A CEO’s View of Top 5 Engagement Drivers: Part 2 Employee Contribution

If you haven't had a chance check out the last post in this series, please do. It focuses on "Leadership" as a key driver to employee engagement. Today, we move onto the second post of the series. Enjoy!

Why is it every time I ask for a pair of hands, they come with a brain attached? – Henry Ford

ACME is a great organization for me to make a contribution to my field

One of the great shifts of the last few decades has been moving away from the work of the "hands" and closer to the work of the "mind." And a key thing to understand about this shift from low to high cognitive work is that it changes everything we have been taught about motivation and possibility. The opportunity for a highly engaged and productive knowledge worker is to be 10 or 20 times more productive than someone trying to complete a manually repetitive task. And, as Dan Pink points out in his fantastic book Drive (seriously if you haven't read it stop reading this blog post and go read his book right now ...) one of the big things that motivates us is a sense of mastery.

To be truly engaged at work we need to feel we are on a path. We need to feel that we are part of a "craft". This is somewhat paradoxical in the organizational context because it means that to create true engagement you need to foster an environment where people feel they are connected to something much bigger than just your company. At it's zenith you want everyone in the company to feel that "this is the best place in the world for me to be right now to achieve my career goals". If you can achieve that, it is a very, very powerful motivator for people engaging in what the company is doing.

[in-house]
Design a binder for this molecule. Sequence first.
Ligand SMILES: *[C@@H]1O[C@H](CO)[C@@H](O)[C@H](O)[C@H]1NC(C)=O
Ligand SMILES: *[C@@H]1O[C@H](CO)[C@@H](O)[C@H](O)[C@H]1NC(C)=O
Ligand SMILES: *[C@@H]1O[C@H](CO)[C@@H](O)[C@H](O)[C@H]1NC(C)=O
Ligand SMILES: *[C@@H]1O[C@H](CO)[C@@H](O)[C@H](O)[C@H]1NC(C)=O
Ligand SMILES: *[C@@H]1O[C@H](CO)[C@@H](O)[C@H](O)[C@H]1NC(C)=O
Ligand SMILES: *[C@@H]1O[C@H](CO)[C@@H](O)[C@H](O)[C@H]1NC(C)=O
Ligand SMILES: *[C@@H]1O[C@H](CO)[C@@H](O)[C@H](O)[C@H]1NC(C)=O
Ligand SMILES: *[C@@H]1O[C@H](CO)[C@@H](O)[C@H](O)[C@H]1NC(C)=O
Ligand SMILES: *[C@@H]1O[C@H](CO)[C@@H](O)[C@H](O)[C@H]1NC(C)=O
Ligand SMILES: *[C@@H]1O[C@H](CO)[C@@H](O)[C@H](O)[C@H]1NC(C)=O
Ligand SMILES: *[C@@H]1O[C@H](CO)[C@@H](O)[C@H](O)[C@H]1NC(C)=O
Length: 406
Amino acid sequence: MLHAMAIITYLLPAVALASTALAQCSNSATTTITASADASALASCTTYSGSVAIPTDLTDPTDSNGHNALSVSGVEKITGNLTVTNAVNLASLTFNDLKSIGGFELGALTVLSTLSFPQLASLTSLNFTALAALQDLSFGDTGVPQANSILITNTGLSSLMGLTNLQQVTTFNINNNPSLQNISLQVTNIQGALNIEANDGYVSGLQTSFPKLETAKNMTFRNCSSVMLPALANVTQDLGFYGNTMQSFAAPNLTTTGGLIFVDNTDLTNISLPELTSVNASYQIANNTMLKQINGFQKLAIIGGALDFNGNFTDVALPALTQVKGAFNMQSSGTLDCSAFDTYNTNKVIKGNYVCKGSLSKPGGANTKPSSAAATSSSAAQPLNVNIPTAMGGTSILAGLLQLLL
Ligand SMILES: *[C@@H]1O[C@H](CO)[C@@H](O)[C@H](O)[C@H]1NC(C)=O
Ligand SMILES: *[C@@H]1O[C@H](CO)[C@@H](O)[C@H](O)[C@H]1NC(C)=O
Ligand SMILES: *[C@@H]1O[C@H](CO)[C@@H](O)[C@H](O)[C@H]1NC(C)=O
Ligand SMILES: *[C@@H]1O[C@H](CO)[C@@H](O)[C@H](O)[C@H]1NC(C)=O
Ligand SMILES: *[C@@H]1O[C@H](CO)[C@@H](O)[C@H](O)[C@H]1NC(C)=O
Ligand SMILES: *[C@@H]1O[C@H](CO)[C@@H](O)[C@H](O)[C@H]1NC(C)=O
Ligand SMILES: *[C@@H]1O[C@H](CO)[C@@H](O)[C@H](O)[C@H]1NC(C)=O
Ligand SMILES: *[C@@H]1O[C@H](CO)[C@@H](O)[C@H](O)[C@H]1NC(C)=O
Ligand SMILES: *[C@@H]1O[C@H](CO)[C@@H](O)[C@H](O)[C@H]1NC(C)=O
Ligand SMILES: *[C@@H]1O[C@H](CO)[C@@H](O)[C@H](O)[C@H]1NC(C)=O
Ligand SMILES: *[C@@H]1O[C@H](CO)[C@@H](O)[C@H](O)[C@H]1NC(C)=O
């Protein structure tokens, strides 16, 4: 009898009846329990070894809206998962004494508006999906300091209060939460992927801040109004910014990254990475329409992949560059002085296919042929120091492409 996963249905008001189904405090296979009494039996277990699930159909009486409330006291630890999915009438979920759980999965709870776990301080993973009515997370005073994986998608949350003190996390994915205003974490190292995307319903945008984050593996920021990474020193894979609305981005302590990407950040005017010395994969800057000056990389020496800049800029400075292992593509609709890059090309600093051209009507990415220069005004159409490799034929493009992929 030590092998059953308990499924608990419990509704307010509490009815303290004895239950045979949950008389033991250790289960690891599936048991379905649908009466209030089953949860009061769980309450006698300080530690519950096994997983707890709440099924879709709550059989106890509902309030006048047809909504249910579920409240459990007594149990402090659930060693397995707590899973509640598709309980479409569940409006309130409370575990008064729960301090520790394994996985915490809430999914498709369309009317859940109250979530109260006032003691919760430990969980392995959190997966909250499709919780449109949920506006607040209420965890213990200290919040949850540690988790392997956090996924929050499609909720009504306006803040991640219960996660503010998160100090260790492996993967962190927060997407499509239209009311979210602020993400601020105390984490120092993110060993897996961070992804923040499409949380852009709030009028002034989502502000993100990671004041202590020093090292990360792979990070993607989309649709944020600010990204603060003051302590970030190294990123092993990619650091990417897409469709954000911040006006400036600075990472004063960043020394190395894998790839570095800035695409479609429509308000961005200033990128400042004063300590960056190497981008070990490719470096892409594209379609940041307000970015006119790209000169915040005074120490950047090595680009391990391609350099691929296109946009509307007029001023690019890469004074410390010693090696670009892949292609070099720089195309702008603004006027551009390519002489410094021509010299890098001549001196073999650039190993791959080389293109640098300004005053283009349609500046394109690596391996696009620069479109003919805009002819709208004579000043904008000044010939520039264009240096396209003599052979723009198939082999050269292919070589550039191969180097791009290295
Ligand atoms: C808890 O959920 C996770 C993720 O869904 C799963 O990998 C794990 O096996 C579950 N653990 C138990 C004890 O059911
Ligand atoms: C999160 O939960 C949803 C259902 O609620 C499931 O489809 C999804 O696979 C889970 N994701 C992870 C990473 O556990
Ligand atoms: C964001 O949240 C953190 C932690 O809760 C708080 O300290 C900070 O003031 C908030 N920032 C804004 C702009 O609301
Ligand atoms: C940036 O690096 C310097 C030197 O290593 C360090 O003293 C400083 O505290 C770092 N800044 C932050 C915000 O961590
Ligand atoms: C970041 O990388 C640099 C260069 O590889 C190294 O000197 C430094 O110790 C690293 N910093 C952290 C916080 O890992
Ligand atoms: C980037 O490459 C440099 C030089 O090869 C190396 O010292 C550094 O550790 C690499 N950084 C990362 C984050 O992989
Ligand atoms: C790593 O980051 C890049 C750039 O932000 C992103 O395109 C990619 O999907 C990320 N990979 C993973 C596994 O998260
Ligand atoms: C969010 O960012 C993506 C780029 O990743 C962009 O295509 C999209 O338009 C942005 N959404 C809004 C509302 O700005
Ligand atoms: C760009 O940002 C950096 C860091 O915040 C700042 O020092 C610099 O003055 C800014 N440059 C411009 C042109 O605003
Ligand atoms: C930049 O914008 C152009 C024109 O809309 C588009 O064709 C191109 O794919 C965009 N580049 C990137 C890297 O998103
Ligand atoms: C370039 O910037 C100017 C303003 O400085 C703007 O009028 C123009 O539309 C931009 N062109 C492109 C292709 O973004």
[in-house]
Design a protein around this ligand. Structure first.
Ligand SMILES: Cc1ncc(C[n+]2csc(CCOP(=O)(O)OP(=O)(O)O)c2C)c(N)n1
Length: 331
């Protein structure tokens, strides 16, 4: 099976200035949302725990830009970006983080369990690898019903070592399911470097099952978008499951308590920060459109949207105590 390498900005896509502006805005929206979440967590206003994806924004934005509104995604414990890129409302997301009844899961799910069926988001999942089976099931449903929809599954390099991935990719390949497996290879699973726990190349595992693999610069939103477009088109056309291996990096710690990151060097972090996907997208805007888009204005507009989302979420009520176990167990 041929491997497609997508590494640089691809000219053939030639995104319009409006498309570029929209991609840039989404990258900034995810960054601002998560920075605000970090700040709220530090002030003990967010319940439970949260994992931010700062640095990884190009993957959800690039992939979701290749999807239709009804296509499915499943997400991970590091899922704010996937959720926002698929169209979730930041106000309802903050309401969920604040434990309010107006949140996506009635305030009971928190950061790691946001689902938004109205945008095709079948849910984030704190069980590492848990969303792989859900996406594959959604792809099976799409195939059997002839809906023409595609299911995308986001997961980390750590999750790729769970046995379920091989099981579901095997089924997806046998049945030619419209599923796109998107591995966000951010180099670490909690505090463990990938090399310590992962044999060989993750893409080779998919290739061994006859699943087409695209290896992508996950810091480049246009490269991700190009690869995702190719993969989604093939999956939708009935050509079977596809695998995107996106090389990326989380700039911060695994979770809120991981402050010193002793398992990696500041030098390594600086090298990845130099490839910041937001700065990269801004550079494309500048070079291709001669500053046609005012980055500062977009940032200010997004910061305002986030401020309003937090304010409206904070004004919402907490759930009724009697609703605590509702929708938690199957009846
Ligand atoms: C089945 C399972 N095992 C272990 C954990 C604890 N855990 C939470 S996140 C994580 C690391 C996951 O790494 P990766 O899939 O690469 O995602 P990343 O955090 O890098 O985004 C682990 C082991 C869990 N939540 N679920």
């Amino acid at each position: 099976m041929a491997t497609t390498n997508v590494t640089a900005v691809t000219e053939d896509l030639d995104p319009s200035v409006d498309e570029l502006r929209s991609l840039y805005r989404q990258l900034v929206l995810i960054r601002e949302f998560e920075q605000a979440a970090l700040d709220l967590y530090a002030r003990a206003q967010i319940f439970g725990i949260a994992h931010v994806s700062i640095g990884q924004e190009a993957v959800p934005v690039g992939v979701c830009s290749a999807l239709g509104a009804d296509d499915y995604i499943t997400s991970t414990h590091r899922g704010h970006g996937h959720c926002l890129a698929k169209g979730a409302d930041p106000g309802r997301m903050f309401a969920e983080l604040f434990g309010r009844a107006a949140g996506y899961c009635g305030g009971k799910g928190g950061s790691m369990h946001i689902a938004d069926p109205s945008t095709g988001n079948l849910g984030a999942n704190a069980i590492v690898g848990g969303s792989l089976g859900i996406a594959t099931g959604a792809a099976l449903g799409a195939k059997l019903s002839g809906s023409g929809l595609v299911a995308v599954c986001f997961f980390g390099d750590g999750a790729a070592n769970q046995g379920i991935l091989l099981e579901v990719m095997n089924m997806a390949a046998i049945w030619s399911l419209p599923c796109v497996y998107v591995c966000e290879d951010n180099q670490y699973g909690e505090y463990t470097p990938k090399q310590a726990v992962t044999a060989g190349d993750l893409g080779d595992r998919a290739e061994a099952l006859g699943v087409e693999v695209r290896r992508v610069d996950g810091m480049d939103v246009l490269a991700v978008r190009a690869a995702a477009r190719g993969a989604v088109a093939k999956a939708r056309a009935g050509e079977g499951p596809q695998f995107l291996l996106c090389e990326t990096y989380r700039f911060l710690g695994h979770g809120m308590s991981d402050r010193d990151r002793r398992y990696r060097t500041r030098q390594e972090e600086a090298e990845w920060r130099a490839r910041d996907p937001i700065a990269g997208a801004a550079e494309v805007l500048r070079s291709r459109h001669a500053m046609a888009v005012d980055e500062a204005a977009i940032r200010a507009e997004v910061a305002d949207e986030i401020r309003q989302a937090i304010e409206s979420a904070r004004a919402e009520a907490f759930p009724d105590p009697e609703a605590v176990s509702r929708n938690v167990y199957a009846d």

A big challenge for companies is that it's extremely hard to really be more than one thing. In the valley you can look at most companies and see which one's are, at heart, "engineering" companies and which ones are "sales" companies (and increasingly "marketing" companies). Each of these is a craft in it's own right and have their own set of core values and ideas. What is interesting is that if you try to be all three you end up sucking at all of them.

In my experience it takes courage to say "we are an engineering company - that is what we value and what we are about". If done badly this can lead to seriously disengaged people in every other area as they are made to feel inferior to the "golden children" - and it is something you often see when you look at results across the support functions in a company. However, if done right it can actually be quite liberating. When I used to run a visual effects company I once asked my EA what drove her from a craft point of view - didn't she find it difficult being surrounded people that considered pixel obsession the highest art form? She looked at me and said "I like being around people who take their own career seriously - it shows me it is ok to do it with my path too".

That is the core learning that we see time and time again. On one hand you need to create a unique and compelling culture that only you can deliver on, and at the same time you need to create an environment where everyone from the front of house to the most senior engineer feels they are valued for their craft and the journey that they are on - even if they only share that journey with you for a couple of years. Do that and you are halfway to unlocking that bit that comes connected when you hire another set of hands.

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